Remembering our fishing friends

There is a bond amongst those who we share time with in a boat or in the outdoors.
It might be with our parents or grandparents who get us out fishing as kids, friends we spend time learning how to fish with, or that person who we take many weekend adventures with over the years.
The bonds created by special moments or experiences are one of the special things about all outdoor activities for me.
Over the past 20 years that I’ve participated in bass tournaments here in Sunset Country, I’ve seen quite a few anglers come and go. Some fish these events for a few years, then maybe decide it isn’t for them.
Others, like myself, look forward to competing in these events every year.
Either way, friendships are created amongst nearly all of the anglers who regularly compete in these events.
There are not that many anglers still competing in most of these events that have been doing it since I started when my Dad took me in the KBI for the first time when I was 10 years old.
John Gibbons, from the Morson area on the south end of Lake of the Woods, was one of the guys who has been doing it since the early-’90s.
John passed away a couple of weeks ago after a tough battle with cancer over the past year. He was a great guy who will be remembered most for the fact he always had a smile on his face—and for having that knack for bringing a big largemouth bass through the KBI boat parade on the final day many times.
Though he never did win the tournament, he and his son, Jules, had a bunch of top 10 finishes over the years.
My heart really sank when I heard he had lost his battle because he really was one of those truly special, always happy people.
Earlier in the summer, Mike Baranowski of Nestor Falls passed away, who was another of the early participants in bass tournaments in our area.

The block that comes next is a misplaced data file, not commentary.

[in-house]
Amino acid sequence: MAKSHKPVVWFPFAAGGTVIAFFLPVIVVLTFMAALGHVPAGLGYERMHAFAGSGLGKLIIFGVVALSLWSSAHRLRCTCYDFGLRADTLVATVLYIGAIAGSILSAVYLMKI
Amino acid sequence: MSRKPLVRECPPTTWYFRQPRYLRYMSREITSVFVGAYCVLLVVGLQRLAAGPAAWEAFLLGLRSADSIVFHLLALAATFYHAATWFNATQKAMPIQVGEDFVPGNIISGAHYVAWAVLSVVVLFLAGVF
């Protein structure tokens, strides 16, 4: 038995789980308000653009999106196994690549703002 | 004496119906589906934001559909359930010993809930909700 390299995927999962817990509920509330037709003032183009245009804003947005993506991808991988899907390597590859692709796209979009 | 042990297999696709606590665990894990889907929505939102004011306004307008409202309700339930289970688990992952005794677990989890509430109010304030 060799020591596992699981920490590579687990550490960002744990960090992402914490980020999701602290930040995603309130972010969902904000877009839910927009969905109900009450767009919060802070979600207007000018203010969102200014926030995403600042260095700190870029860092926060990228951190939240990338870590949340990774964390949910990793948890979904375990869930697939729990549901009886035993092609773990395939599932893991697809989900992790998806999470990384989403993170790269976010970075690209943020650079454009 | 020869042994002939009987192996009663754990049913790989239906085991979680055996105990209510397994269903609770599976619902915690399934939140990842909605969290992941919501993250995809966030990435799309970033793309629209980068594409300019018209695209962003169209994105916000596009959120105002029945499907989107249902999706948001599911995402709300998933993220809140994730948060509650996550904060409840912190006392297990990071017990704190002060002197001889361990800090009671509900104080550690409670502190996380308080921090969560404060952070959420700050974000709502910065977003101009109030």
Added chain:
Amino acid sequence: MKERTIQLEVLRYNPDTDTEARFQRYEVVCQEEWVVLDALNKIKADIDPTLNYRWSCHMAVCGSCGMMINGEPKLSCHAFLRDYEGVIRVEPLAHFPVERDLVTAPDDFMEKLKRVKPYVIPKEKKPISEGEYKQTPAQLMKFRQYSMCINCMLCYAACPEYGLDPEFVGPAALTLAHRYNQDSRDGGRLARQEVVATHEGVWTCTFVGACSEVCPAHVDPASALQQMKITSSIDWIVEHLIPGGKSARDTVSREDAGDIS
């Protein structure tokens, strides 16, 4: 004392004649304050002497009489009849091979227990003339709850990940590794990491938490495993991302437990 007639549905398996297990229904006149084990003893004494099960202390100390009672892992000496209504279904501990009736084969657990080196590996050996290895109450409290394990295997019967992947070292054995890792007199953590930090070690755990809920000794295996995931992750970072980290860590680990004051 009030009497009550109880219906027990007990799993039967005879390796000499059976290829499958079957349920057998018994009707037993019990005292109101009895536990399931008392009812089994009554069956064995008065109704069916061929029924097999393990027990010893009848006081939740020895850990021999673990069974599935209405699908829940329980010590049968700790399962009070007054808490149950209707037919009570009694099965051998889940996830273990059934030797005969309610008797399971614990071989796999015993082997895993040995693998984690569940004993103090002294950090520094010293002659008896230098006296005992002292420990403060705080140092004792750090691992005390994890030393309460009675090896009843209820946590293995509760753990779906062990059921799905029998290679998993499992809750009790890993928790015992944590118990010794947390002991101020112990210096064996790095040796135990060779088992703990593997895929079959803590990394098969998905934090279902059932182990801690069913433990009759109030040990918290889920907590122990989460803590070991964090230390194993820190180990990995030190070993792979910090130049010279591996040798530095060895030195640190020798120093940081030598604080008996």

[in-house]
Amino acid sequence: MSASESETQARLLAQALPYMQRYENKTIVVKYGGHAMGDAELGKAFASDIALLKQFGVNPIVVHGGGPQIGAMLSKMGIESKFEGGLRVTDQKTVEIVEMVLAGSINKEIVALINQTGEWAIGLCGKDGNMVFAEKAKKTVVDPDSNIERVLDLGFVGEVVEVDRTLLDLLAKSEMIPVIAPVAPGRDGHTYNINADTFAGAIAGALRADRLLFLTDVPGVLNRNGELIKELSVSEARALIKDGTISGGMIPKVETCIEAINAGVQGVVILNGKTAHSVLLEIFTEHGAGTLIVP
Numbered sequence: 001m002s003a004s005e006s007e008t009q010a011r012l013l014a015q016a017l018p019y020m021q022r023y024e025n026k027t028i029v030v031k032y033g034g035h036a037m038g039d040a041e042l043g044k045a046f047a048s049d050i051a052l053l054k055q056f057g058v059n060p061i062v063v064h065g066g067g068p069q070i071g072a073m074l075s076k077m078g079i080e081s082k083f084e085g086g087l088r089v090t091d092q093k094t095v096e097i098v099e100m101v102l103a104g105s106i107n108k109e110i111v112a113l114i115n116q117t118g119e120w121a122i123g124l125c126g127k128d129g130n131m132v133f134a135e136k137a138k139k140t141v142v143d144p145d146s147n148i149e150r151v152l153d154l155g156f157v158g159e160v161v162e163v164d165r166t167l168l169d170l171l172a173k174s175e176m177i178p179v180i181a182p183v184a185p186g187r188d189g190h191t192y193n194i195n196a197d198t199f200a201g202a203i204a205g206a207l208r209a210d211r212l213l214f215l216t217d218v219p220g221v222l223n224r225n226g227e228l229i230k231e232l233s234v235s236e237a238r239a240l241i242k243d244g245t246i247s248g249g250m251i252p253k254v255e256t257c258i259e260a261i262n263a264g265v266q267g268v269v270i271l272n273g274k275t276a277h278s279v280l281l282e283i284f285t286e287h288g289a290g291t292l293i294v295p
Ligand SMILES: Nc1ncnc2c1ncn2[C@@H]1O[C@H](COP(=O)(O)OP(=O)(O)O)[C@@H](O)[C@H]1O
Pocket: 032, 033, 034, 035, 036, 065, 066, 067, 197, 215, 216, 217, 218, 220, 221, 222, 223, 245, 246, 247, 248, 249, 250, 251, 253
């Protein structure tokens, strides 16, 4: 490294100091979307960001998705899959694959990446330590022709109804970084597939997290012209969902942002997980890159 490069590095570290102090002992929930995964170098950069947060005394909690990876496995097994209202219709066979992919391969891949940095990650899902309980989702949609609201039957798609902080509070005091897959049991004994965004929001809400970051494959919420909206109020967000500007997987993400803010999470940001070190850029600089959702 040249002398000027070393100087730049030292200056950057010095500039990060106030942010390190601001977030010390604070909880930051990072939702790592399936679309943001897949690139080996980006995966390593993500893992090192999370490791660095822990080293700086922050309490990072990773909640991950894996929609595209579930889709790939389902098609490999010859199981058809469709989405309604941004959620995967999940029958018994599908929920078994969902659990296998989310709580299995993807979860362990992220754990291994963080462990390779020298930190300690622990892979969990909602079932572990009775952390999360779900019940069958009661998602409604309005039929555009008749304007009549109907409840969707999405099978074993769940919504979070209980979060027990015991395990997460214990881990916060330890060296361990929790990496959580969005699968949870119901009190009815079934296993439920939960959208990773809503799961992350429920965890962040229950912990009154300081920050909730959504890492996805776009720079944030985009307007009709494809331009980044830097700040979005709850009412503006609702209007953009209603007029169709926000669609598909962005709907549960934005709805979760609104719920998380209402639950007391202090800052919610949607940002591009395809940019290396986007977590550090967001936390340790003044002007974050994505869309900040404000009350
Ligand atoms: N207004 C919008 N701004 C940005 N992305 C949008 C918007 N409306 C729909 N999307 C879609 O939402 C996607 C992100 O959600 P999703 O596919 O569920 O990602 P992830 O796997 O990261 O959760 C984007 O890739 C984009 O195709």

He lived a pretty full life in the outdoors, working as a fishing guide in our area from the time he was a teenager until well into his 70s. He saw a lot of fish get caught on Lake of the Woods!
Mike saw the passion I had for fishing when I was really young and reached out to me with fishing and industry advice many times over the years.
He often was outspoken with his thoughts on many fishing-related topics, but he certainly put in his time on the water over the years so he deserved to have his opinions.
This past weekend, Kenora anglers Rick Savage and Bruce Berringer organized a one-day bass tournament on Shoal Lake for the second year in a row that they have named the Frank McClymont Memorial Tournament.
Frank was another of the bass-fishing pioneers in Northwestern Ontario and left us in August, 2012 with the legacy of being the only angler who had fished all of the KBI and Fort Frances Canadian Bass Championship events.
That, and he was a great guy with a pretty big heart for everybody who shared his love of fishing.
Rick Savage fished many tournaments with Frank over the years, so he felt having a tournament on Shoal Lake—one of Frank’s favourite places to fish—was a great way to remember him.
The weather was not exactly ideal for bass fishing this past weekend but 14 teams showed up despite near freezing temperatures and a strong north wind.
Jay Samsal and Scott Dingwall continued their hot streak after winning the Shoal Lake Last Chance Tournament two weeks ago, bringing in a 19.46-pound bag of largemouths to the scale to seal the win.
Pat James and Scott Cook were second with 18.56 pounds of smallmouths.
Three-person teams were allowed for this event, so I teamed up with my neighbour and good buddy, Karl Engstrom, and my nephew, Dustin Hager. Our 18.04-pound catch landed us in third place.
Enjoy those special moments you share with your friends and family in the outdoors because life is short.
Here’s to all of our fishing friends, past and present.